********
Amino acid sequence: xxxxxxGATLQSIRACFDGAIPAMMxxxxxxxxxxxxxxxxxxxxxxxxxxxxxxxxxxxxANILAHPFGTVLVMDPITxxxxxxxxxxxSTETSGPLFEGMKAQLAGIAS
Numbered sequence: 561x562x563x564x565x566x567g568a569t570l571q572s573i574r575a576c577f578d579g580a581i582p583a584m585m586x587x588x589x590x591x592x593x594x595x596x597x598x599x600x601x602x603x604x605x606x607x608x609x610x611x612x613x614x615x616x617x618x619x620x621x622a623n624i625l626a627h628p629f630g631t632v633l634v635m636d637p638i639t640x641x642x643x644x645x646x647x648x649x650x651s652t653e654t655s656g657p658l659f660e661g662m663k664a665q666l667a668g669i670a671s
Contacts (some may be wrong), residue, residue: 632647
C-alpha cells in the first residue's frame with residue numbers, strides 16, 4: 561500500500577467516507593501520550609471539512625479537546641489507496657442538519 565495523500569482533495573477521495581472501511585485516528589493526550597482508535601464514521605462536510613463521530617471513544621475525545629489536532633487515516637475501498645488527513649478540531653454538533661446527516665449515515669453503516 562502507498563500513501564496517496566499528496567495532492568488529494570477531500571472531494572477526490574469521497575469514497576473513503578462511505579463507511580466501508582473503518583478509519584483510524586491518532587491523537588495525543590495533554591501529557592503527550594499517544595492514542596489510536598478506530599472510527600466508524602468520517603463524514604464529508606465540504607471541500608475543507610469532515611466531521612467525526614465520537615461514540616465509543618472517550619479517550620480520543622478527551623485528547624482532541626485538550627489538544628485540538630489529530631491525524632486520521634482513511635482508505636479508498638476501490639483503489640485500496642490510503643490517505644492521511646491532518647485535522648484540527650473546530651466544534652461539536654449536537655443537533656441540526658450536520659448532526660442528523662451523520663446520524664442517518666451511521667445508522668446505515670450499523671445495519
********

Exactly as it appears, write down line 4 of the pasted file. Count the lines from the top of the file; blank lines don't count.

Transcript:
C-alpha cells in the first residue's frame with residue numbers, strides 16, 4: 561500500500577467516507593501520550609471539512625479537546641489507496657442538519 565495523500569482533495573477521495581472501511585485516528589493526550597482508535601464514521605462536510613463521530617471513544621475525545629489536532633487515516637475501498645488527513649478540531653454538533661446527516665449515515669453503516 562502507498563500513501564496517496566499528496567495532492568488529494570477531500571472531494572477526490574469521497575469514497576473513503578462511505579463507511580466501508582473503518583478509519584483510524586491518532587491523537588495525543590495533554591501529557592503527550594499517544595492514542596489510536598478506530599472510527600466508524602468520517603463524514604464529508606465540504607471541500608475543507610469532515611466531521612467525526614465520537615461514540616465509543618472517550619479517550620480520543622478527551623485528547624482532541626485538550627489538544628485540538630489529530631491525524632486520521634482513511635482508505636479508498638476501490639483503489640485500496642490510503643490517505644492521511646491532518647485535522648484540527650473546530651466544534652461539536654449536537655443537533656441540526658450536520659448532526660442528523662451523520663446520524664442517518666451511521667445508522668446505515670450499523671445495519